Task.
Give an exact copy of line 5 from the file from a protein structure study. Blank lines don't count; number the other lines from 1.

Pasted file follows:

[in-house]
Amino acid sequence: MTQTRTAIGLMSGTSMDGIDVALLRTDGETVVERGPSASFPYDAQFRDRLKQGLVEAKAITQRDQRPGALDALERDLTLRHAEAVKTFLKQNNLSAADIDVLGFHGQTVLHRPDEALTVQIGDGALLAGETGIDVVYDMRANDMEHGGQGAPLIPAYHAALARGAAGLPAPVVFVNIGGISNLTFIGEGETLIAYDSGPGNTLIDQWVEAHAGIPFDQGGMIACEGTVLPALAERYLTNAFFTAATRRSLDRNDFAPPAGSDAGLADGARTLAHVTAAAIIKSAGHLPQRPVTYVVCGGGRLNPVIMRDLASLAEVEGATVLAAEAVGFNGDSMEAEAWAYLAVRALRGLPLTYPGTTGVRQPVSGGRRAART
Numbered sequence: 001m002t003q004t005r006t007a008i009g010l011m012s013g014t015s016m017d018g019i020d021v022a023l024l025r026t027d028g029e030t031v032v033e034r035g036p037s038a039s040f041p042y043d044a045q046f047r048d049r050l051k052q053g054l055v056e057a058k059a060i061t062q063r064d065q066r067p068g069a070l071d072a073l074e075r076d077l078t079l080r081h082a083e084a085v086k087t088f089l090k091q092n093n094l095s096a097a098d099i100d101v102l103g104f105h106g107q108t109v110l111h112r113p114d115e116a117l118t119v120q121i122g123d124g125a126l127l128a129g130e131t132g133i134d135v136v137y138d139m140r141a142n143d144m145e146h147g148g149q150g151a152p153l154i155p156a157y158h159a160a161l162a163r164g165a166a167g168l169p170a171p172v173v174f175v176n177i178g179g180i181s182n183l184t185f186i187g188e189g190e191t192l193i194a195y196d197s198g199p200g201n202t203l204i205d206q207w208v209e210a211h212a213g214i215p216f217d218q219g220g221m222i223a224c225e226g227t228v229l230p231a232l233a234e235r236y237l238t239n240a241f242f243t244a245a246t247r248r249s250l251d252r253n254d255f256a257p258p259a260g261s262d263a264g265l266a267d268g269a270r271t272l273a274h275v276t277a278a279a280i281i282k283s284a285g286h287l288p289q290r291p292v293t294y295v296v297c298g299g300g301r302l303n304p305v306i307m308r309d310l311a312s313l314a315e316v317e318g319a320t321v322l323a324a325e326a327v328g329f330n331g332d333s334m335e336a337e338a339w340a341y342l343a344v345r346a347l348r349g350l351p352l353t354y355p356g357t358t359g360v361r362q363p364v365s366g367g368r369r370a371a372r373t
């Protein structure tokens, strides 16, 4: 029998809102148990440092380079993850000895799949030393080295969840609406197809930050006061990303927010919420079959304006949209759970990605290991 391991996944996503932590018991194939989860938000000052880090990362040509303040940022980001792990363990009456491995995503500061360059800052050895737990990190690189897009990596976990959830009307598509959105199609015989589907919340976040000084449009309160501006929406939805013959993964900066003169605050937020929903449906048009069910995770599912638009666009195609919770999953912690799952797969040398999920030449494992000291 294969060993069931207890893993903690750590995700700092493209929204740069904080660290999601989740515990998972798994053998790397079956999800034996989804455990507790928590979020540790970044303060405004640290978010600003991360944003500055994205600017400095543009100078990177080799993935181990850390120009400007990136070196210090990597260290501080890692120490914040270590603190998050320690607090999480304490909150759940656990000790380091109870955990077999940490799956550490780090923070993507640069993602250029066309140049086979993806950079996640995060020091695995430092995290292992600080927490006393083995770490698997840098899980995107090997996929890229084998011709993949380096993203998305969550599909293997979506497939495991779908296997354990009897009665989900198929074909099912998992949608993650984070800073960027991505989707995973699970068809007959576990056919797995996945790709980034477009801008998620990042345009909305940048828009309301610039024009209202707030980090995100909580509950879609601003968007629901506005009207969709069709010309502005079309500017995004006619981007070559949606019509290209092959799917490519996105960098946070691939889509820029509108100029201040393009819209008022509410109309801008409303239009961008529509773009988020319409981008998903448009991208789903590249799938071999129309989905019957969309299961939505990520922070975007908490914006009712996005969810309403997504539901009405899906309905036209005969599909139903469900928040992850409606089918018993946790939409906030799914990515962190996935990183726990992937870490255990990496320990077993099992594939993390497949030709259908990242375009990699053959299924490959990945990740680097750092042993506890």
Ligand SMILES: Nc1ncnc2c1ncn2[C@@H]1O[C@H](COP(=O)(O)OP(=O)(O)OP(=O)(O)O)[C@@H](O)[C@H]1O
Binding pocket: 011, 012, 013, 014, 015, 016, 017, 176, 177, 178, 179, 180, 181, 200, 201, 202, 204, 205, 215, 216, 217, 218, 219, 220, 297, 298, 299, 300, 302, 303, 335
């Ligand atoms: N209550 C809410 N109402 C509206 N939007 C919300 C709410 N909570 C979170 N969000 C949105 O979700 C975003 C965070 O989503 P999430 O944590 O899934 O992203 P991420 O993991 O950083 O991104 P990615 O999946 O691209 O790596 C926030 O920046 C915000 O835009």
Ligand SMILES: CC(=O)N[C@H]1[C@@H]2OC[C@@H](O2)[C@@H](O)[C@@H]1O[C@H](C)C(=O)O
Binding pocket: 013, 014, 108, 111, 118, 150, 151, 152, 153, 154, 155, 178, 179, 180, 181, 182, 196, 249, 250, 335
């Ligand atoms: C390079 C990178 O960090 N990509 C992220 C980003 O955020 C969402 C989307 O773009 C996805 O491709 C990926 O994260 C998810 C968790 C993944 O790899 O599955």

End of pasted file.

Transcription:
Ligand SMILES: Nc1ncnc2c1ncn2[C@@H]1O[C@H](COP(=O)(O)OP(=O)(O)OP(=O)(O)O)[C@@H](O)[C@H]1O